British press reaction to Brexit – an epic constitutional, political and economic mess-up that probably includes a mind-bogglingly destructive self-ejection from a single market and customs union that took decades to construct, a move pushed through by a far-right faction of the Tory party – has been much more muted. The situation is complicated by the cheerleading for Brexit by most of the British tabloids and the Daily Telegraph. There are stirrings of resistance, but even after an election in which Theresa May spectacularly failed to secure a mandate for her hard Brexit, there is a sense, though the criticism of her has been intense, of the media pussy-footing around a government in disarray – not properly interrogating those who still seem to promise that, in relation to Europe, we can have our cake and eat it.

This is especially the case with the BBC, a state broadcaster that proudly proclaims its independence from the government of the day, protected by the famous “arm’s-length” principle. In the case of Brexit, the BBC invoked its concept of “balance” to give equal airtime and weight to Leavers and Remainers. Fair enough, you might say, but according to the economist Simon Wren-Lewis, it ignored a “near-unanimous view among economists that Brexit would hurt the UK economy in the longer term”.

A similar view of “balance” in the past led the BBC to equate views of ­non-scientific climate contrarians, often linked to the fossil-fuel lobby, with those of leading climate scientists. Many BBC Remainer insiders still feel incensed by what they regard as BBC betrayal over Brexit. Although the referendum of 23 June 2016 said nothing about leaving the single market or the customs union, the Today presenter Justin Webb, in a recent interview with Stuart Rose, put it like this: “Staying in the single market, staying in the customs union – [Leave voters would say] you might as well not be leaving. That fundamental position is a matter of democracy.” For the BBC, it seems, to question Brexit is somehow to be unpatriotic.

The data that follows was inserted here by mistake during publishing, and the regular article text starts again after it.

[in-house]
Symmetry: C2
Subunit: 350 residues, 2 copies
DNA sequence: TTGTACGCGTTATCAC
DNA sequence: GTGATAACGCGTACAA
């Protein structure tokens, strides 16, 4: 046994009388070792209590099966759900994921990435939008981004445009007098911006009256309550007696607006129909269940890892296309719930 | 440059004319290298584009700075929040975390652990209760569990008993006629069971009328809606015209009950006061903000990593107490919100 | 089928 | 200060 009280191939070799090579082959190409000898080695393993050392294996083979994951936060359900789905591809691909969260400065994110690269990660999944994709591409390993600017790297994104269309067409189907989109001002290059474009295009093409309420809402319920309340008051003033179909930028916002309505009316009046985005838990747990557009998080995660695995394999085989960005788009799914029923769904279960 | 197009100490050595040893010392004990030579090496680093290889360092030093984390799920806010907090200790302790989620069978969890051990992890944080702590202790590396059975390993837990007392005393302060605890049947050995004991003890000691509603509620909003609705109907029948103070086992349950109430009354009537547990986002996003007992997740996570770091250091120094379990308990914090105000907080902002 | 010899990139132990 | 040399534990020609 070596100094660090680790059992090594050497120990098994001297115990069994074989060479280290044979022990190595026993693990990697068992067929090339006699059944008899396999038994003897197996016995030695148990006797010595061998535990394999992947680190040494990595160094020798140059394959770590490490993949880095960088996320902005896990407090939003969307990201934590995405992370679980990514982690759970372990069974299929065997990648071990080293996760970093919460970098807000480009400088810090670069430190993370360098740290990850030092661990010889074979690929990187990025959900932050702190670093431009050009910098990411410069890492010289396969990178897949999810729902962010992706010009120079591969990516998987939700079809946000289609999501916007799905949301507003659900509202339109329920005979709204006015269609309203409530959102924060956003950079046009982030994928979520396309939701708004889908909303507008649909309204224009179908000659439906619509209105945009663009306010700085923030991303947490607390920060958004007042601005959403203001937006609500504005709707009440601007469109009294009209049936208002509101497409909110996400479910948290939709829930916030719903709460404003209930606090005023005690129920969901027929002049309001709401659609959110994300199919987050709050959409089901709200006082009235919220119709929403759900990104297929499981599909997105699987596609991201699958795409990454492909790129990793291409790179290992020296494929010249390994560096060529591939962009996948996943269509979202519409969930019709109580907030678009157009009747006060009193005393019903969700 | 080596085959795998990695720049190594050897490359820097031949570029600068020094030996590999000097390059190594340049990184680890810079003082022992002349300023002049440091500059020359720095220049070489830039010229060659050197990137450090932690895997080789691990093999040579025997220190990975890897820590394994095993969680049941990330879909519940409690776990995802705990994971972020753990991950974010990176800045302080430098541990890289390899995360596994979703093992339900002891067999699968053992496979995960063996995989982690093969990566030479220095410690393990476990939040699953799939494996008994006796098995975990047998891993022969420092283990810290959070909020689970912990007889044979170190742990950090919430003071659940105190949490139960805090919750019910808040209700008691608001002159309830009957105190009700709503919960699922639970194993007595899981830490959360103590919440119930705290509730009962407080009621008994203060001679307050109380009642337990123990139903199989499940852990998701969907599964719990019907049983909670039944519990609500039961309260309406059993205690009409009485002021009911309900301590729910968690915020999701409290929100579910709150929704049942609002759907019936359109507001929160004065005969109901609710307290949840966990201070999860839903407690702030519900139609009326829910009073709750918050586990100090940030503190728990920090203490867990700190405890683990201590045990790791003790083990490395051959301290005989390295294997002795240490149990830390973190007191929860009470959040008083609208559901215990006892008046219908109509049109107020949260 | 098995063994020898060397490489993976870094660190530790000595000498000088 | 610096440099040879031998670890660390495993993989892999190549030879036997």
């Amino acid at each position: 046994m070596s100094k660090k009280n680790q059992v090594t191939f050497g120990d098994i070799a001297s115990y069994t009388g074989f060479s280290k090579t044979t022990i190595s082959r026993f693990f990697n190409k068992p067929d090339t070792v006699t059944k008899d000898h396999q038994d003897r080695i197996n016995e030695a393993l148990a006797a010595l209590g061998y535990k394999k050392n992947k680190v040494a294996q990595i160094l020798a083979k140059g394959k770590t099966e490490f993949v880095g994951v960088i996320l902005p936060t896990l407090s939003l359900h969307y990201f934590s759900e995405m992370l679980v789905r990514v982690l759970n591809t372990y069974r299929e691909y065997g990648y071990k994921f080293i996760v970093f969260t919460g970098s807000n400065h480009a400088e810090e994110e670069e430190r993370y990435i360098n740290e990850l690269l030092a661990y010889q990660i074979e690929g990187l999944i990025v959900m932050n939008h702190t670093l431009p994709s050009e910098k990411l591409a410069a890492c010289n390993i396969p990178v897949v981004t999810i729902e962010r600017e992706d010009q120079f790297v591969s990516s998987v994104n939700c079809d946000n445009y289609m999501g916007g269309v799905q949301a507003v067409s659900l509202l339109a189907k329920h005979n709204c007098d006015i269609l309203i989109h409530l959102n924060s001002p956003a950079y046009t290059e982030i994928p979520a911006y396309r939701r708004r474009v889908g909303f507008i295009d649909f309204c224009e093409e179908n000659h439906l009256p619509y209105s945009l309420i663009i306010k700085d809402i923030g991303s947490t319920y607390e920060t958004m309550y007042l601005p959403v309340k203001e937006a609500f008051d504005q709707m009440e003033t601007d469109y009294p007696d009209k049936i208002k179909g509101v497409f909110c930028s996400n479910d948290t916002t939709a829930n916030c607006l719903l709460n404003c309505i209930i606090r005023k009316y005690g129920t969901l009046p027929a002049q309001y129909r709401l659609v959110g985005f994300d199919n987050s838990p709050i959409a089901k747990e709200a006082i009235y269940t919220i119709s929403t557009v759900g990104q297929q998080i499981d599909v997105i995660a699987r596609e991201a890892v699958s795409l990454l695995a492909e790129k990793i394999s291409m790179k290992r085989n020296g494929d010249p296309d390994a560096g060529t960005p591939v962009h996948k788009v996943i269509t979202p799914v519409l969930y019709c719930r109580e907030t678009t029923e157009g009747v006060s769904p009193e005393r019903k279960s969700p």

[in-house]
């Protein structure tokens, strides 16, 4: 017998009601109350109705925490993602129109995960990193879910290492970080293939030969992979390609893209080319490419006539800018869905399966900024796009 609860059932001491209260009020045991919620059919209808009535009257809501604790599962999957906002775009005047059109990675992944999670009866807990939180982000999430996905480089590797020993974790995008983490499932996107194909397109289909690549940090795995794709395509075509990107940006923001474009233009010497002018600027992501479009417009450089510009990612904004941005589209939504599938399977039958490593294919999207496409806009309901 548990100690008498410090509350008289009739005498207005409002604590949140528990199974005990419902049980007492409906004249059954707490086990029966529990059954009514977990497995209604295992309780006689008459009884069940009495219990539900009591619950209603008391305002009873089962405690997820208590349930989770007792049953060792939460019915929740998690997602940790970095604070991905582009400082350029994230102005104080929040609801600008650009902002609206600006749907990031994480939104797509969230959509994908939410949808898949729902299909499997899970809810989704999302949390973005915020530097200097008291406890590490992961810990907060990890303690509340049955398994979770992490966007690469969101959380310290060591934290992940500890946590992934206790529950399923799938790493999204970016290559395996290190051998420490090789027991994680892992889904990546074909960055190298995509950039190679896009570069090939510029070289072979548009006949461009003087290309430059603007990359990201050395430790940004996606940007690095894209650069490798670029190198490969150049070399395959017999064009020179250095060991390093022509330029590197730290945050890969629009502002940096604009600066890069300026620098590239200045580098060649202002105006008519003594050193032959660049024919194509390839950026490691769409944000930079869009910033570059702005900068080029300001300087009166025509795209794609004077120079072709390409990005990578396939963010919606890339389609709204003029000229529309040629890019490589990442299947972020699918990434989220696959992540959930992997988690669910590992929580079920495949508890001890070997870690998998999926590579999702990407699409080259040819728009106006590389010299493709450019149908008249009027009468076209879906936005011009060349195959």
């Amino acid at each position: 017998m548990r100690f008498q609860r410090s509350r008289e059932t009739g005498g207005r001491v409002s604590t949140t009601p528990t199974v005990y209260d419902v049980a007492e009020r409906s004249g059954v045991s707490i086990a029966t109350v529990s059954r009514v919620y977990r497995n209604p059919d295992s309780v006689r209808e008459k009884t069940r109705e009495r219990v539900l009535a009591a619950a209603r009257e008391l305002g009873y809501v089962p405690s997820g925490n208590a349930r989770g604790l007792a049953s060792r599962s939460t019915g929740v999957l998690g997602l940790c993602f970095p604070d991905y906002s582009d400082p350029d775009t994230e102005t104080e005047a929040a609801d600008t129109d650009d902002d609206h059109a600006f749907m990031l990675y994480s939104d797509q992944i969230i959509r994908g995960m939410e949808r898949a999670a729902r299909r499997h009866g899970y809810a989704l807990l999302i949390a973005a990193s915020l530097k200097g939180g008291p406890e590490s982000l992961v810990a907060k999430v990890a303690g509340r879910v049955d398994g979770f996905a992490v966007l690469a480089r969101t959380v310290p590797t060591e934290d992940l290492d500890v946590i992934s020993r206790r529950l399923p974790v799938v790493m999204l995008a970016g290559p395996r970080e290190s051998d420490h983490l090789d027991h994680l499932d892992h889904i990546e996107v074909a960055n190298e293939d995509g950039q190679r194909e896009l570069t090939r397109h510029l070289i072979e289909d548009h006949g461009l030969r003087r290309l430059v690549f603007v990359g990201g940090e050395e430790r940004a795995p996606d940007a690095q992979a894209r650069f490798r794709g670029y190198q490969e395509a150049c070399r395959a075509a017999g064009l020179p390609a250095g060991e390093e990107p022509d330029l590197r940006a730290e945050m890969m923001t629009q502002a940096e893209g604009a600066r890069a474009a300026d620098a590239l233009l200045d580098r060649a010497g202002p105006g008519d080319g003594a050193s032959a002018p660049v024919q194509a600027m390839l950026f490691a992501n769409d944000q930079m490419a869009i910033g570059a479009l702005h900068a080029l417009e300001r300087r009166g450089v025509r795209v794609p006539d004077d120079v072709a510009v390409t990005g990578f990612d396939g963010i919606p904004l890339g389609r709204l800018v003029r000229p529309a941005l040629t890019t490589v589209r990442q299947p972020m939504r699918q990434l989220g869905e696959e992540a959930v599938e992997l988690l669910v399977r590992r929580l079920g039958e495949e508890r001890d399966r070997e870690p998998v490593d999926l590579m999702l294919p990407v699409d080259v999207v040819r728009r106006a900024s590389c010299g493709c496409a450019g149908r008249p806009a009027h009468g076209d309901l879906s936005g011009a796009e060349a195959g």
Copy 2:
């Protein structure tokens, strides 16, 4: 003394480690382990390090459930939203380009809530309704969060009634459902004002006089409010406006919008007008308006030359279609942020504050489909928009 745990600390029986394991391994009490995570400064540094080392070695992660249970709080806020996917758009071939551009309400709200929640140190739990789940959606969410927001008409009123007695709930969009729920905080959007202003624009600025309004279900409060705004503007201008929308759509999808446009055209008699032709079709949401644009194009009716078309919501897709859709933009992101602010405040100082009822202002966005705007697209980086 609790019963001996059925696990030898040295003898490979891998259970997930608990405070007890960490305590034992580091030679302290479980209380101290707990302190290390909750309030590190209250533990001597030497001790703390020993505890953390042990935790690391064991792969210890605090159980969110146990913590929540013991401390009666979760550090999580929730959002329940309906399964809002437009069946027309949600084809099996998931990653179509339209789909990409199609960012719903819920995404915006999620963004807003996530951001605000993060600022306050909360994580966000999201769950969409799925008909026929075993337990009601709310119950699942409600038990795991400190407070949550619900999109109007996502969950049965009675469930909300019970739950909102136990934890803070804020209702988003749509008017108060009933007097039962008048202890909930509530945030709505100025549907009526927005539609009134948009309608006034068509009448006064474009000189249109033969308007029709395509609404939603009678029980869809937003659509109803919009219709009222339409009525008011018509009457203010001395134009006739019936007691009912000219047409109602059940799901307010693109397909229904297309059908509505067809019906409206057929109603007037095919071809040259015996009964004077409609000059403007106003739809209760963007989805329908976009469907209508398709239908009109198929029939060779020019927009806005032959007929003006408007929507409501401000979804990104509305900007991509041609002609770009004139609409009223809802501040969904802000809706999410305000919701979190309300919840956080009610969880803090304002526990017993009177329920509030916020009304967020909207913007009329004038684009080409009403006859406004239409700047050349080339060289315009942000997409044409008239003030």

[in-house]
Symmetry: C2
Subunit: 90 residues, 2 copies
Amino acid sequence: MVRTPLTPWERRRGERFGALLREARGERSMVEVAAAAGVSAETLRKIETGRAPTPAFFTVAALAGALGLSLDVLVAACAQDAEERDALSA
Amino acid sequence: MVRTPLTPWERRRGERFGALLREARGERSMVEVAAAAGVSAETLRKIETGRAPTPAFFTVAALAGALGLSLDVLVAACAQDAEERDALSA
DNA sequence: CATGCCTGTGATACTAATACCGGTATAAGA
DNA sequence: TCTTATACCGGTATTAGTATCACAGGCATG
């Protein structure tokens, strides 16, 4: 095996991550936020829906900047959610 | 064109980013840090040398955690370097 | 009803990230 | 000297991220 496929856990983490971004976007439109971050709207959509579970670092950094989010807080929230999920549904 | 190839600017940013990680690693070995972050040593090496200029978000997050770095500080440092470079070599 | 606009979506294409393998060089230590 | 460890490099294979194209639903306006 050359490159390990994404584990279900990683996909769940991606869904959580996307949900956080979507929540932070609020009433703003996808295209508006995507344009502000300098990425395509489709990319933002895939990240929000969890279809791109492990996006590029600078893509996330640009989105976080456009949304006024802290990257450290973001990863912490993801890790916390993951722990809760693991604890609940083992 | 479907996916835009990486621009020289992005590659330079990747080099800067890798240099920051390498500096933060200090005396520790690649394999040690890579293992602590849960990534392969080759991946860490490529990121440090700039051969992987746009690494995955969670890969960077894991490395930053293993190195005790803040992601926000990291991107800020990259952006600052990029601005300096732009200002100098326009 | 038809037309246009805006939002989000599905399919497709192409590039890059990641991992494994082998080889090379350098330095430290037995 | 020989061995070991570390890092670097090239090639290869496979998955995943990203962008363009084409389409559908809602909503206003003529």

You might think that an independent, pro-democratic press would question the attempted use of the arcane and archaic “royal prerogative” to enable the ­bypassing of parliament when it came to triggering Article 50, signalling the UK’s departure from the EU. But when the campaigner Gina Miller’s challenge to the government was upheld by the high court, the three ruling judges were attacked on the front page of the Daily Mail as “enemies of the people”. Thomas Jefferson wrote that he would rather have “newspapers without a government” than “a government without newspapers”. It’s a fair guess he wasn’t thinking of newspapers that would brand the judiciary as “enemies of the people”.

It does seem significant that the United States has a written constitution, encapsulating the separation and balance of powers, and explicitly designed by the Founding Fathers to protect the young republic against tyranny. When James Madison drafted the First Amendment he was clear that freedom of the press should be guaranteed to a much higher degree in the republic than it had been in the colonising power, where for centuries, after all, British monarchs and prime ministers have had no qualms about censoring an unruly media.

By contrast, the United Kingdom remains a hybrid of monarchy and democracy, with no explicit protection of press freedom other than the one provided by the common law. The national impulse to bend the knee before the sovereign, to obey and not question authority, remains strangely powerful in Britain, the land of Henry VIII as well as of George Orwell. That the United Kingdom has slipped 11 places in the World Press Freedom Index in the past four years, down to 40th, has rightly occasioned outrage. Yet, even more awkwardly, the United States is three places lower still, at 43rd. Freedom of the press may not be doing quite as well as we imagine in either country.

Harry Eyres is the author of Horace and Me: Life Lessons from an Ancient Poet (2013)

This article first appeared in the 20 July 2017 issue of the New Statesman, The new world disorder